Friday, July 15, 2011

Staying Competitive in a Modern Employment Market

Thomas Friedman has noticed something that is incredibly new, unless you happened to be paying attention to the of the job market over the past four decades:
Whatever you may be thinking when you apply for a job today, you can be sure the employer is asking this: Can this person add value every hour, every day — more than a worker in India, a robot or a computer? Can he or she help my company adapt by not only doing the job today but also reinventing the job for tomorrow? And can he or she adapt with all the change, so my company can adapt and export more into the fastest-growing global markets? In today’s hyperconnected world, more and more companies cannot and will not hire people who don’t fulfill those criteria.
It's important to note up front that a lot of the work that has to be done, day in and day out, in a typical work place is mundane. Yes, in many industries more mundane jobs (including white collar jobs) are increasingly outsourced to other companies or nations, but few people can claim that they get paid principally or mostly to think and innovate.

I accept the thesis that workers need to be more entrepreneurial, more able to create their own jobs and justify their own compensation, both in the present job market and in the foreseeable future. But the days of finding a job with an employer, then staying with that employer (and perhaps remaining in that job) for an entire career, are long over. I recall hearing in the 1990's that my fellow graduates were likely to change jobs six or more times during a career, and that people were changing jobs roughly every three years. Yes, if we could, many of us would choose Friedman's path, find a sinecure with the New York Times and over a course of decades pontificate about how others need to innovate and change. (Oh - and let's not forget marrying a wealthy heiress.) But for most modern college graduates that has never been more than a dream.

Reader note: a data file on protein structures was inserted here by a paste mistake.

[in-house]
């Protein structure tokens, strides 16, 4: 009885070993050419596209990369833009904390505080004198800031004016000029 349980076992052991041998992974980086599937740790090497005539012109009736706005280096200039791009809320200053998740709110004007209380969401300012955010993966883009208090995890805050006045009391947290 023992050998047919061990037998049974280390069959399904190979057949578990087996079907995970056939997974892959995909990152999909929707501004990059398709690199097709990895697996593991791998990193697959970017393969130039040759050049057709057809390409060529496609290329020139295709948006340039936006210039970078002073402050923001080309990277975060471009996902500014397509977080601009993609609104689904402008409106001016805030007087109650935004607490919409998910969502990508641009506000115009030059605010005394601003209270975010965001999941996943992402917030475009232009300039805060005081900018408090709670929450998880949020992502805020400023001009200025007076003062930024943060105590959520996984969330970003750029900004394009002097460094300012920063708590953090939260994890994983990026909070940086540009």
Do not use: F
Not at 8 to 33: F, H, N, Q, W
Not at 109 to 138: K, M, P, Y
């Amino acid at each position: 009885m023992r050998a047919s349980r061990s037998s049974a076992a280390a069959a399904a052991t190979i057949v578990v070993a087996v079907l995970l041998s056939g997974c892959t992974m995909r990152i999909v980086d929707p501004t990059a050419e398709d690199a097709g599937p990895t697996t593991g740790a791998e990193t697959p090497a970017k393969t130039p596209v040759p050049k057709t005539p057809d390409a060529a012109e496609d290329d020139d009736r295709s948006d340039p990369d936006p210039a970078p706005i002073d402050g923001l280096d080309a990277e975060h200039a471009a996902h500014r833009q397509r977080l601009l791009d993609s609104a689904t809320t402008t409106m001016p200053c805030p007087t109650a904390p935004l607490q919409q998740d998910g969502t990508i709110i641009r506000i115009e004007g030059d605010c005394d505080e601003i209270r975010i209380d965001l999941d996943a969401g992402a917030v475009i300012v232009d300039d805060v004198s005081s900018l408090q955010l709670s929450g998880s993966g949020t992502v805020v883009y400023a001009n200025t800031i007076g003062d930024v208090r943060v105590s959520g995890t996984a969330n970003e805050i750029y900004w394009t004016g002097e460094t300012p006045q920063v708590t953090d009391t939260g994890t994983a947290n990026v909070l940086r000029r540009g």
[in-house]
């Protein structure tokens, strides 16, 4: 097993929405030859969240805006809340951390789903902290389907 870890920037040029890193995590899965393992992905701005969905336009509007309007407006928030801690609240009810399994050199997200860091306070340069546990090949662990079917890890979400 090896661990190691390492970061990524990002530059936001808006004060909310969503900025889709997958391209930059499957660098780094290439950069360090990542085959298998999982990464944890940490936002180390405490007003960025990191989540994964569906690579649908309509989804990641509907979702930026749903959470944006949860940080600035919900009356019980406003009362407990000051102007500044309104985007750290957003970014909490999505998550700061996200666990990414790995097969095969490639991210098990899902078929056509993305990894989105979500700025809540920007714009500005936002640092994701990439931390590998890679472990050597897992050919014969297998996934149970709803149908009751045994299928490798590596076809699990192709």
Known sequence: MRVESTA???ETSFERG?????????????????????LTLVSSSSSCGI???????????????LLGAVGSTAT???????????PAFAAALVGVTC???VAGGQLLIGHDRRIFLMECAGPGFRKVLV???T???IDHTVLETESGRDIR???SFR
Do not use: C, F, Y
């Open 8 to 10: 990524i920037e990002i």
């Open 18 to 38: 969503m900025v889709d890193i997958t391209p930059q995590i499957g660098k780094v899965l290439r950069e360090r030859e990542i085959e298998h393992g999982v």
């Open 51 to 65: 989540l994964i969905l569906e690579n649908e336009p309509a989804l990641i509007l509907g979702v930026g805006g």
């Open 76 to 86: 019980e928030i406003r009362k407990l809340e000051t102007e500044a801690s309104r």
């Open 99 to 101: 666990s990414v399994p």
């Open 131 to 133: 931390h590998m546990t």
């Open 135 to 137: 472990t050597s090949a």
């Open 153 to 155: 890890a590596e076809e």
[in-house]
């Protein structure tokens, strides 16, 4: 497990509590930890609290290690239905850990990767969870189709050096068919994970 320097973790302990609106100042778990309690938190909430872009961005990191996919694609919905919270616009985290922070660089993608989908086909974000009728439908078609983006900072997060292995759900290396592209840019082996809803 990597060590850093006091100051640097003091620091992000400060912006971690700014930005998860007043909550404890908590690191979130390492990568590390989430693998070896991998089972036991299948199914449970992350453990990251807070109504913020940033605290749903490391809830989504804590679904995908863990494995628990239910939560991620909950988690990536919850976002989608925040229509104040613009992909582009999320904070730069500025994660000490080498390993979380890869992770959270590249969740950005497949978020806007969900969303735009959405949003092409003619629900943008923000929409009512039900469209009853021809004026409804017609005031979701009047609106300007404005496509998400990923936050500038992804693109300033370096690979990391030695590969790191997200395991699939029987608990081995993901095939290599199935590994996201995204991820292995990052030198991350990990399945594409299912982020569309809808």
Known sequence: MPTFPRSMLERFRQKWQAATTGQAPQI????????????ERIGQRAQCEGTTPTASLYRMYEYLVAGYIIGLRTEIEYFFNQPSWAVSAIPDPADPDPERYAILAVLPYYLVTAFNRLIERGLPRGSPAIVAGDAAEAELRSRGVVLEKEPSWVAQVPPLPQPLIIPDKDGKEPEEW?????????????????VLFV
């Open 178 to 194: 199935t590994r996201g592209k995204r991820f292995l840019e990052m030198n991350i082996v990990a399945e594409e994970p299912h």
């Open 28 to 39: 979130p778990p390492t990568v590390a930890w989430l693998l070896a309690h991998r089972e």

Also, let's face it, not everybody is cut out to be an entrepreneur, or to continually identify and augment their most valuable job skills. People tend not to go the extra mile unless they see clear consequences arising from their failure to do so. I expect that Friedman knows the importance of his employer's website, and that a great deal of energy is put into the technical side. But do I think he's mastered modern technology, above and beyond the word processor? Let's just say, I haven't seen any reason to believe so. I am skeptical that Friedman knows anything about the New York Times' web servers or their management, their CMS or its management or development, or that he plays any significant role in the company's innovations. I'm not accusing Friedman of being a hypocrite, although I am accusing him (if that's the word) of being an extremely lucky man. I'm simply pointing out how even somebody who sees how dramatically the world is changing, and how easily he could be left behind, might nonetheless assume that change is something that only happens to other people, or still not perceive a sufficient incentive to reinvent and expand his own skills.

1 comment:

  1. Friedman also makes the mistake of assuming that the only difference (for a US company) between hiring a US worker and hiring a worker in, say, India, is how much they cost. A lot of Silicon Valley companies over the last decade found out the hard way that there are disadvantages to doing business in a company that does not, for example, allow you to strongly enforce confidentiality agreements.


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